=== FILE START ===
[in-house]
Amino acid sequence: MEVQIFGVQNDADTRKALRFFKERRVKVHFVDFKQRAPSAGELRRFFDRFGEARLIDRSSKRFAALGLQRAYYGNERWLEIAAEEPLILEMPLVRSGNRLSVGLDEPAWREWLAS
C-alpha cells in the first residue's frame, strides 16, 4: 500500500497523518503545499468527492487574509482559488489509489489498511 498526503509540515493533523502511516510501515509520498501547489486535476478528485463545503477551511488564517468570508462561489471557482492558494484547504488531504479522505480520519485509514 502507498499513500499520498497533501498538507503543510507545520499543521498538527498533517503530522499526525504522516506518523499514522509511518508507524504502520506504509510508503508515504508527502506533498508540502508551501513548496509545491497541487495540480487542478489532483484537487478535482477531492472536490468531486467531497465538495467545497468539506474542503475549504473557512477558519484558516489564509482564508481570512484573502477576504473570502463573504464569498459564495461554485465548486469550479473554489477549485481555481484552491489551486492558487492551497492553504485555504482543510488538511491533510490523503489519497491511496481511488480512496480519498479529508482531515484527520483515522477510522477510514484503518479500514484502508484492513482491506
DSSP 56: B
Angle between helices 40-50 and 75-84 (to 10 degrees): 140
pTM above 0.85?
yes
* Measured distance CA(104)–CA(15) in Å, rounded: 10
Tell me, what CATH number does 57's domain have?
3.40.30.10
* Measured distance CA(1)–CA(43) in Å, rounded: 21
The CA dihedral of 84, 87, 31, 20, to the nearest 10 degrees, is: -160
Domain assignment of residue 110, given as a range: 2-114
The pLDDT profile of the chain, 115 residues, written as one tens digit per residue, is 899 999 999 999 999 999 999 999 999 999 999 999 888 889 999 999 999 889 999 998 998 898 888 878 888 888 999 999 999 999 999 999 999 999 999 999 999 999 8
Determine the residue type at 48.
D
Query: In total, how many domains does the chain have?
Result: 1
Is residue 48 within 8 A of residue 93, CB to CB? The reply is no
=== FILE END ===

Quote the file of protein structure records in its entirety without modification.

[in-house]
Amino acid sequence: MEVQIFGVQNDADTRKALRFFKERRVKVHFVDFKQRAPSAGELRRFFDRFGEARLIDRSSKRFAALGLQRAYYGNERWLEIAAEEPLILEMPLVRSGNRLSVGLDEPAWREWLAS
C-alpha cells in the first residue's frame, strides 16, 4: 500500500497523518503545499468527492487574509482559488489509489489498511 498526503509540515493533523502511516510501515509520498501547489486535476478528485463545503477551511488564517468570508462561489471557482492558494484547504488531504479522505480520519485509514 502507498499513500499520498497533501498538507503543510507545520499543521498538527498533517503530522499526525504522516506518523499514522509511518508507524504502520506504509510508503508515504508527502506533498508540502508551501513548496509545491497541487495540480487542478489532483484537487478535482477531492472536490468531486467531497465538495467545497468539506474542503475549504473557512477558519484558516489564509482564508481570512484573502477576504473570502463573504464569498459564495461554485465548486469550479473554489477549485481555481484552491489551486492558487492551497492553504485555504482543510488538511491533510490523503489519497491511496481511488480512496480519498479529508482531515484527520483515522477510522477510514484503518479500514484502508484492513482491506
DSSP 56: B
Angle between helices 40-50 and 75-84 (to 10 degrees): 140
pTM above 0.85?
yes
* Measured distance CA(104)–CA(15) in Å, rounded: 10
Tell me, what CATH number does 57's domain have?
3.40.30.10
* Measured distance CA(1)–CA(43) in Å, rounded: 21
The CA dihedral of 84, 87, 31, 20, to the nearest 10 degrees, is: -160
Domain assignment of residue 110, given as a range: 2-114
The pLDDT profile of the chain, 115 residues, written as one tens digit per residue, is 899 999 999 999 999 999 999 999 999 999 999 999 888 889 999 999 999 889 999 998 998 898 888 878 888 888 999 999 999 999 999 999 999 999 999 999 999 999 8
Determine the residue type at 48.
D
Query: In total, how many domains does the chain have?
Result: 1
Is residue 48 within 8 A of residue 93, CB to CB? The reply is no